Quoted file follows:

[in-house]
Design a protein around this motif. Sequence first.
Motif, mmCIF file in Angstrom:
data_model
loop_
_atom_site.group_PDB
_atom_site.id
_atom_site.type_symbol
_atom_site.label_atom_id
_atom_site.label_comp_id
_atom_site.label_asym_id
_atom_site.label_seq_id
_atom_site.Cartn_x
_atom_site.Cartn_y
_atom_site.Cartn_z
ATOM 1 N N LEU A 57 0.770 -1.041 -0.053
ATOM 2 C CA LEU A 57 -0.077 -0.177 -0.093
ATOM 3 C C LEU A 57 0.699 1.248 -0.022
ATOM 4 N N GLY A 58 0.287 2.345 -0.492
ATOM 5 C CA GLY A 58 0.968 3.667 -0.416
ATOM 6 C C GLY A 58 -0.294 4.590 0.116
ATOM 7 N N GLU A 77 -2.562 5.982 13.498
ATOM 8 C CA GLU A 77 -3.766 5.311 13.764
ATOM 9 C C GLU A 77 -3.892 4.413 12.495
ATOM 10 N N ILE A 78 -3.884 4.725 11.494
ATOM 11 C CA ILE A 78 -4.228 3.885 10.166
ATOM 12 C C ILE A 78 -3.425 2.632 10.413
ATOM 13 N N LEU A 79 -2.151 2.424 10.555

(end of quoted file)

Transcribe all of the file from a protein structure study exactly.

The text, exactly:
[in-house]
Design a protein around this motif. Sequence first.
Motif, mmCIF file in Angstrom:
data_model
loop_
_atom_site.group_PDB
_atom_site.id
_atom_site.type_symbol
_atom_site.label_atom_id
_atom_site.label_comp_id
_atom_site.label_asym_id
_atom_site.label_seq_id
_atom_site.Cartn_x
_atom_site.Cartn_y
_atom_site.Cartn_z
ATOM 1 N N LEU A 57 0.770 -1.041 -0.053
ATOM 2 C CA LEU A 57 -0.077 -0.177 -0.093
ATOM 3 C C LEU A 57 0.699 1.248 -0.022
ATOM 4 N N GLY A 58 0.287 2.345 -0.492
ATOM 5 C CA GLY A 58 0.968 3.667 -0.416
ATOM 6 C C GLY A 58 -0.294 4.590 0.116
ATOM 7 N N GLU A 77 -2.562 5.982 13.498
ATOM 8 C CA GLU A 77 -3.766 5.311 13.764
ATOM 9 C C GLU A 77 -3.892 4.413 12.495
ATOM 10 N N ILE A 78 -3.884 4.725 11.494
ATOM 11 C CA ILE A 78 -4.228 3.885 10.166
ATOM 12 C C ILE A 78 -3.425 2.632 10.413
ATOM 13 N N LEU A 79 -2.151 2.424 10.555